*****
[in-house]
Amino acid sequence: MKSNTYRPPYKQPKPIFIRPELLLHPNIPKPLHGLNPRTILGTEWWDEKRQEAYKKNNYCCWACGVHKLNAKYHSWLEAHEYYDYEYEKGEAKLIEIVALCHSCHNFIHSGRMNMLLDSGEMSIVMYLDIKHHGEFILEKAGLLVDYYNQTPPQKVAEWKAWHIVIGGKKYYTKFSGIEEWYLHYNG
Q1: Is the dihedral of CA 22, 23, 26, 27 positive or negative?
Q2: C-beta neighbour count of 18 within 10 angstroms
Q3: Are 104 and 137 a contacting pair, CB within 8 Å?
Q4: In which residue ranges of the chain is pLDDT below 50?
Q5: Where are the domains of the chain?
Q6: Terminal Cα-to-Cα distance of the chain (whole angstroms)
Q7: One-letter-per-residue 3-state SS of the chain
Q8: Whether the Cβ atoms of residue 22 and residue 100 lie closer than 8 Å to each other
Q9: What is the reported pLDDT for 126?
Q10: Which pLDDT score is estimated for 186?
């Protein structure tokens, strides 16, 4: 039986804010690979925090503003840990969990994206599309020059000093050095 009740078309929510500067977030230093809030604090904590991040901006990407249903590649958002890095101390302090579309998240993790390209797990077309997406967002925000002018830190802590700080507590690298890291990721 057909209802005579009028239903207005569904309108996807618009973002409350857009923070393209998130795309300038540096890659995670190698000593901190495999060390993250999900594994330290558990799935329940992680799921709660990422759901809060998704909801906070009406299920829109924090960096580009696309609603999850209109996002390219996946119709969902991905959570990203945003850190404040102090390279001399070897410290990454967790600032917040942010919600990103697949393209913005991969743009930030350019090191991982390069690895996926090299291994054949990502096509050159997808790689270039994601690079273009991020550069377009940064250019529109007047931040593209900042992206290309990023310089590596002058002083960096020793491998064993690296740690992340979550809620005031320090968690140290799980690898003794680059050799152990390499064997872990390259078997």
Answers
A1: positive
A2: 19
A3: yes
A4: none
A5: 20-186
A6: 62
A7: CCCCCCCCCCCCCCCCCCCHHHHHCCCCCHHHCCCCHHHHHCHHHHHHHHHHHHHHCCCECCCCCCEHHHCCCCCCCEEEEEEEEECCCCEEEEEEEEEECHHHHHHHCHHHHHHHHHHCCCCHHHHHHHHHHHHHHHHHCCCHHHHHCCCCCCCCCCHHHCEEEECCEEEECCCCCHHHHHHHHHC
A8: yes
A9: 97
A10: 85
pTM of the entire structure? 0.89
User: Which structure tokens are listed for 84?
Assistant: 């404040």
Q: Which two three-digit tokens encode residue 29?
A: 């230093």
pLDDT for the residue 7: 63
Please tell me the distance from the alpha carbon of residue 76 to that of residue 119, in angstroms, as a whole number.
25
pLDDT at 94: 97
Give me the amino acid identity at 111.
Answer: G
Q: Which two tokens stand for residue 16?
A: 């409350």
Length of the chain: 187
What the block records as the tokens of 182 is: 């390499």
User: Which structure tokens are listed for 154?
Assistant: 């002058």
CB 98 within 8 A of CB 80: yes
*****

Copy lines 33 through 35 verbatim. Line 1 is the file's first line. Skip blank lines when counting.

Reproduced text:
pLDDT at 94: 97
Give me the amino acid identity at 111.
Answer: G